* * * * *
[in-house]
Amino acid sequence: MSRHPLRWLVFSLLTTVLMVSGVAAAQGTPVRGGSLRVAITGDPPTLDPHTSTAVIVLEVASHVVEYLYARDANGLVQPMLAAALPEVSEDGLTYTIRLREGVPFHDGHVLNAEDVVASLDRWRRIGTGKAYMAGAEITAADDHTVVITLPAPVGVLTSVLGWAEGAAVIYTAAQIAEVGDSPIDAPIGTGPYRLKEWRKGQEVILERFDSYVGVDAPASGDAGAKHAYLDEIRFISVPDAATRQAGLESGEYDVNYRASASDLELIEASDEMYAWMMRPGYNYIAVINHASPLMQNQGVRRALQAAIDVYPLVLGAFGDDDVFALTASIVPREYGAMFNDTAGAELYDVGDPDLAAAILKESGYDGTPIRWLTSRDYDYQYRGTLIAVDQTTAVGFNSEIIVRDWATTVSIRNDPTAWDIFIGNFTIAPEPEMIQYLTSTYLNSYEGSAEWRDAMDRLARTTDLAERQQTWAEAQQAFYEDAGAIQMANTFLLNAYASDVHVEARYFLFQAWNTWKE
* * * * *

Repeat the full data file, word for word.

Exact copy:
[in-house]
Amino acid sequence: MSRHPLRWLVFSLLTTVLMVSGVAAAQGTPVRGGSLRVAITGDPPTLDPHTSTAVIVLEVASHVVEYLYARDANGLVQPMLAAALPEVSEDGLTYTIRLREGVPFHDGHVLNAEDVVASLDRWRRIGTGKAYMAGAEITAADDHTVVITLPAPVGVLTSVLGWAEGAAVIYTAAQIAEVGDSPIDAPIGTGPYRLKEWRKGQEVILERFDSYVGVDAPASGDAGAKHAYLDEIRFISVPDAATRQAGLESGEYDVNYRASASDLELIEASDEMYAWMMRPGYNYIAVINHASPLMQNQGVRRALQAAIDVYPLVLGAFGDDDVFALTASIVPREYGAMFNDTAGAELYDVGDPDLAAAILKESGYDGTPIRWLTSRDYDYQYRGTLIAVDQTTAVGFNSEIIVRDWATTVSIRNDPTAWDIFIGNFTIAPEPEMIQYLTSTYLNSYEGSAEWRDAMDRLARTTDLAERQQTWAEAQQAFYEDAGAIQMANTFLLNAYASDVHVEARYFLFQAWNTWKE